The Cactus Man

He was a cactus. His skin was too thin for the real world; he had begun to grow spikes. He could feel the needles forming—first subconsciously, then on the outer lining of his forearms, up his spine, and on the nape of his neck. They had expanded down his legs, these new additions making him groan with distress. 

The first growths had become infected, piercing his skin and oozing pus, forming painful bulbs like ingrown hairs. They lined his neck and chest, his legs and arms, so that he resembled something similar to a puffer fish. It made sleeping hard. Which made waking up hard. Which made performing well at work hard, which of course made getting along with his wife hard. Which made him hard–but not manly.  

The doctor had explained that it had been his desire for tougher and thicker skin that had resulted in causing his sudden-onset metamorphosis. His craving for a defense mechanism against his wife, which he too often mentioned during his regular check ups, had manifested in his new cacti-like traits. But his wife simply ignored his symptoms. When he became more cactus than husband, she badgered him, pushing at him and pricking herself on the barbs of his skin, yelping in pain, then blaming him for it. The barbs, which the doctor elucidated were his new “survival mechanisms,” only further annoyed his wife. He couldn’t help but take pleasure in the fact that now, she was forced to see clearly the misery she put him through. He hadn’t realized until then, that suffering could be so sweet. When the prodding grew too painful, she belittled his cries, dismissing them as whines. Are you really a man? She would ask him in that twisted, belittling way. Are you really? Are you?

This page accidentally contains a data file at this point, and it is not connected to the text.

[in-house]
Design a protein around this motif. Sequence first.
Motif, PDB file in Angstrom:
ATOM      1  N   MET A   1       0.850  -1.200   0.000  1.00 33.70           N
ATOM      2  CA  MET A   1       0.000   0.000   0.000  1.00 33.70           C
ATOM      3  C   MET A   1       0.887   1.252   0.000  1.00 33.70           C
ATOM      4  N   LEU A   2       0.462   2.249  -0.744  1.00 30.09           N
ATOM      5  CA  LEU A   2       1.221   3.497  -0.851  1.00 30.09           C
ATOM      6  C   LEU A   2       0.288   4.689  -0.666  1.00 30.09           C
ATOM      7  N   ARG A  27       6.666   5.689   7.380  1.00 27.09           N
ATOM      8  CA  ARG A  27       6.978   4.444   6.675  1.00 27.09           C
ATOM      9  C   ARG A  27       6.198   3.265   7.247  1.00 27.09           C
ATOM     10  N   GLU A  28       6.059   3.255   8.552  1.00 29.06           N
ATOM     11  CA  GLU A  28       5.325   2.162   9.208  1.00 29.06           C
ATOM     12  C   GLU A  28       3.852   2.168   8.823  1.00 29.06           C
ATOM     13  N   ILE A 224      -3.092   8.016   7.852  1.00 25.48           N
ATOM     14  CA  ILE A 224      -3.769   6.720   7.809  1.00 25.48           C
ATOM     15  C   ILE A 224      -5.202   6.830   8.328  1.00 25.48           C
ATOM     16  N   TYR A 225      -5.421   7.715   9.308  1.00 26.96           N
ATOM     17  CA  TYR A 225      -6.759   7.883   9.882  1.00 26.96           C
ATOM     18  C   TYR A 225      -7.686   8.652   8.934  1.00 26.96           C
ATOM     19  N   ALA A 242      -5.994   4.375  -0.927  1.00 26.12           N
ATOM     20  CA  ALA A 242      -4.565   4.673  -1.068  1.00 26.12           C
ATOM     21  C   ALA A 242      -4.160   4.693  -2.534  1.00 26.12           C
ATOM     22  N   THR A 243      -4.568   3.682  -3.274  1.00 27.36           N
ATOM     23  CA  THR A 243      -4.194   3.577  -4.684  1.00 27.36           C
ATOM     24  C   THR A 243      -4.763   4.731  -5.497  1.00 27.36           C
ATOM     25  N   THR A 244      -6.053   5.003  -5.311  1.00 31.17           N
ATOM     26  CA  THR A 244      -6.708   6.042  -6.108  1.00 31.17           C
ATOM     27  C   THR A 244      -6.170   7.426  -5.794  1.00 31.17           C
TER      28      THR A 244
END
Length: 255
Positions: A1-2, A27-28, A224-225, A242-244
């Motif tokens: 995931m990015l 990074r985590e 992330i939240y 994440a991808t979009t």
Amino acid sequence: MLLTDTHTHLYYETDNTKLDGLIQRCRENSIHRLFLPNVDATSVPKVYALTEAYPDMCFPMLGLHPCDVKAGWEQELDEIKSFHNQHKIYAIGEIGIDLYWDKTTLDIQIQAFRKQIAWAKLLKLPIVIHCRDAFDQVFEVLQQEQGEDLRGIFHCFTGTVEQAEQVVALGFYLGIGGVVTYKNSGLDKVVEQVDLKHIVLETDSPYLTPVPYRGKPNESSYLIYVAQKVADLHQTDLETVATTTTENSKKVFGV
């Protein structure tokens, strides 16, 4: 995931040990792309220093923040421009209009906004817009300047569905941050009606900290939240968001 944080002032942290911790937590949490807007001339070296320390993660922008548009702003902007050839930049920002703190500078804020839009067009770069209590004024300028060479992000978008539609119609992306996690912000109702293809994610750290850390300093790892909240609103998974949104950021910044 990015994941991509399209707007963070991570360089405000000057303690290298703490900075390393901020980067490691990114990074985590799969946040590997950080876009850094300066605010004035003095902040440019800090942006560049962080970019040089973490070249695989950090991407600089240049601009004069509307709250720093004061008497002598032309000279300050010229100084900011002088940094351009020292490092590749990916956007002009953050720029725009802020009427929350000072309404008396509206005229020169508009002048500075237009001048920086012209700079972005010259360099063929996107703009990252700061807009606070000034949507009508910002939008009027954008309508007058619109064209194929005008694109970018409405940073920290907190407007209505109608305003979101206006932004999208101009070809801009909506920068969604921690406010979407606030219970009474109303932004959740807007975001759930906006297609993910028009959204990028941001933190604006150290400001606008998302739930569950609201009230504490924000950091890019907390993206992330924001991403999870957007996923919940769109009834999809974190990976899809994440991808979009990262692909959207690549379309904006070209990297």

“Stand up! Sit down! Stand up! Sit down!” she commanded, and he went up, and down, and up, and down, and up, and down. That was exactly it! Exactly! He thought. 

The worst part—it ran in the family. His daughter had started to sprout orchids in her digestive tract. Orchids! He avoided her youthful glee, annoyed at how it managed to shelter her from the reality of her transformation. But most of all he hated the pervasive way she took pleasure in herself, as if she were mocking his pathetic attitude.  The orchids seemed to embellish her spirit with a certain kind of entitlement he could not stand. The air in the house became perfumed with her scent and stifling. Why couldn’t he be growing flowers instead? Anything but these painful, ugly spikes! 

He had been sure though, that becoming a cactus would prove his manhood. An unknowing act of protest, everything he kept inside finally surfacing. But it hurt so bad! Why was he the only one hurting? Fucking Orchids!

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